One issue that pretty much any online communication system has to wrestle with is anonymity. Some allow it, some don't. Of those that do, some have it as a normal, default mode; others don't. I need to decide how CommYou is going to deal with this.
My bias is pretty strongly against anonymity -- indeed, strong enough to be worth a reality-check. Since the system will initially be embedded inside Facebook, anonymity isn't very natural to the environment: almost everything in FB has your name attached to it. And I've rarely seen much value to anonymity in LJ: in about 90% of the cases I've seen it used, it was simply because the poster hadn't bothered to get an account yet, not because they actually cared to protect their identity. (And in well over half the cases where it *was* used to hide their identity, it was for strictly trollish behaviour.)
So my plan is to simply disallow anonymity to begin with: every message has a name attached to it, and can be followed through to the corresponding FB account. There's still the possibility of someone creating multiple accounts to harass a target, but FB already has some abuse mechanisms in place to deal with that, I believe.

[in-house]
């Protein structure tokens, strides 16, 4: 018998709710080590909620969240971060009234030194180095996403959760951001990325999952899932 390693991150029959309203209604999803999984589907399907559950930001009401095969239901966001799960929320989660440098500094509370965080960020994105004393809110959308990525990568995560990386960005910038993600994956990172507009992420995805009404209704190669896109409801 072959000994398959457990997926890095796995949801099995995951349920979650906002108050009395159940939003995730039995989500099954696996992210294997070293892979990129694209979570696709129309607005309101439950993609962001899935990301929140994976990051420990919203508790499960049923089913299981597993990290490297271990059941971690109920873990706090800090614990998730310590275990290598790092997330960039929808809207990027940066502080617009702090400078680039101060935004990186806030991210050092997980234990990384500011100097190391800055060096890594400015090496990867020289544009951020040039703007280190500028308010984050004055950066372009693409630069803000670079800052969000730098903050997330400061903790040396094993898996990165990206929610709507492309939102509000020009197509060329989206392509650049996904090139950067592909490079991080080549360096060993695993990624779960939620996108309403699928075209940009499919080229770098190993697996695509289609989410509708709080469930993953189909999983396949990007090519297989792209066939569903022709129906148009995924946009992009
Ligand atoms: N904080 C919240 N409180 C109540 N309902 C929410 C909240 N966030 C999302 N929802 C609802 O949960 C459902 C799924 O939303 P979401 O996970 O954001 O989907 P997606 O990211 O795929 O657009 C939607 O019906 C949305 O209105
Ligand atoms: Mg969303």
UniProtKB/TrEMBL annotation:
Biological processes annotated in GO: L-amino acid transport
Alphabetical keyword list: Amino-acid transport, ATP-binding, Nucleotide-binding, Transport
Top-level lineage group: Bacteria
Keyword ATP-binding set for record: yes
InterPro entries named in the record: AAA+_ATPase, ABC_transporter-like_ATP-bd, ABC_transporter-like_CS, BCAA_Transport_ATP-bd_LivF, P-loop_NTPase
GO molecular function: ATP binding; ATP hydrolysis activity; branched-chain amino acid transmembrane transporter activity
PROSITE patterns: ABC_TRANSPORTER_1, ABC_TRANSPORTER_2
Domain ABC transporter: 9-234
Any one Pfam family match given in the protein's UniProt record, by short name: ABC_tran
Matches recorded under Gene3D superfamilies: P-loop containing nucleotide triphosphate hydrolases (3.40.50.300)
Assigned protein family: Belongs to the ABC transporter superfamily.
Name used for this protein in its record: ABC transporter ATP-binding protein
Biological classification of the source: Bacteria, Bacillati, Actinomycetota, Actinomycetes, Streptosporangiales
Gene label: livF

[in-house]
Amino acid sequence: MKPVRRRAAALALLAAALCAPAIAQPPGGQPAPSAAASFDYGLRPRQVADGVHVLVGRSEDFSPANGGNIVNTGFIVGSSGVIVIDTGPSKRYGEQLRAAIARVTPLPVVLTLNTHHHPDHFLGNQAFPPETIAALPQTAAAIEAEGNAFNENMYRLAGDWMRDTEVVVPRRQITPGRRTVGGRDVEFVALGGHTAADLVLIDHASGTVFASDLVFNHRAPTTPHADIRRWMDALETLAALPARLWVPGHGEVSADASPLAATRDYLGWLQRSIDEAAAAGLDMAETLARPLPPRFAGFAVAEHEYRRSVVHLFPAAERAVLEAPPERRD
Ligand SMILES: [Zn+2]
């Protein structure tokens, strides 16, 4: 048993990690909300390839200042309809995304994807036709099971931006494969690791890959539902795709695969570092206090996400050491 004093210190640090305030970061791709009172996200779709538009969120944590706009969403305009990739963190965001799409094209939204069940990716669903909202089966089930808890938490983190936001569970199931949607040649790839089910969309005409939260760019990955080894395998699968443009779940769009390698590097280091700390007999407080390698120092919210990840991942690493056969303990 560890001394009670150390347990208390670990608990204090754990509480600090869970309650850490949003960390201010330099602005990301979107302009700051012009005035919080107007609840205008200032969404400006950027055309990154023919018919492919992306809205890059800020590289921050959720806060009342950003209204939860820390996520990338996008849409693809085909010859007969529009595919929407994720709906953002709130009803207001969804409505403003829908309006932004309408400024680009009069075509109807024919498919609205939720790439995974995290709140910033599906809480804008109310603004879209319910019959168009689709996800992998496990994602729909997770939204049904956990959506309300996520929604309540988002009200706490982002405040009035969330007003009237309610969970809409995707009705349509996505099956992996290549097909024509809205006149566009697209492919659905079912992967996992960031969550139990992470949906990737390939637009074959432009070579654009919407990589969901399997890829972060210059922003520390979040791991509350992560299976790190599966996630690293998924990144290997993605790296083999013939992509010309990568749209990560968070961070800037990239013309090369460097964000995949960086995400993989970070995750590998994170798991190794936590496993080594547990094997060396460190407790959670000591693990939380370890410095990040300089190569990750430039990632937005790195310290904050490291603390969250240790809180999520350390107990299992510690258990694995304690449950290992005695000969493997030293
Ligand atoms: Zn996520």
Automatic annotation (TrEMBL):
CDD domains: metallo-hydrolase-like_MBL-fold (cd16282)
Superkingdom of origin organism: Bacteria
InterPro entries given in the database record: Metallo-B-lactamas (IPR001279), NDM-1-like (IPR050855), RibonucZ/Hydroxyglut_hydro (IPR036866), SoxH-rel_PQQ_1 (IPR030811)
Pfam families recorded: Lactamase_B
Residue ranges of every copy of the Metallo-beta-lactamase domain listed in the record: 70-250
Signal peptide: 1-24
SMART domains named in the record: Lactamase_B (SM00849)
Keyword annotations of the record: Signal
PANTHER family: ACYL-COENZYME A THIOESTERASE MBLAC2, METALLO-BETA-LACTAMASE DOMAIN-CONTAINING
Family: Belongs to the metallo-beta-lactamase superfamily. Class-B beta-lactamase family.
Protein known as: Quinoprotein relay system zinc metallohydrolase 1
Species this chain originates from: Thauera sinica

Down the road, I have a low-priority story to enable anonymous posting, but strictly on an opt-in basis: when you create a conversation, you can explicitly permit anonymous comments. In these cases, responders may choose to make their comments anonymously. (I will probably still log the identity internally, but only release it in case of court order.) This is specifically to allow folks to raise sensitive topics where there is value in allowing anonymous reply. I'm not likely to get around to even this level of anonymity for 4-6 months, though.
Note, BTW, that I have *screened* conversations and comments somewhat higher in the list -- still a ways down, but probably a couple of months before I would get to anonymity.
Opinions? Does this sound like an appropriate approach? Does anyone care to argue that anonymity is high priority, and should be dealt with sooner? Or that it is not even worth doing if screening is in place?
ETA: Several people have made the very good point that anonymity and pseudonymity aren't the same thing, and that the latter may have value over and above the former. I'm not sure how much I can do within the Facebook context (which sets a lot of expectations and *may* have regulations on the subject), but I've added the "pseudonymity" story to the list for future consideration. Thanks!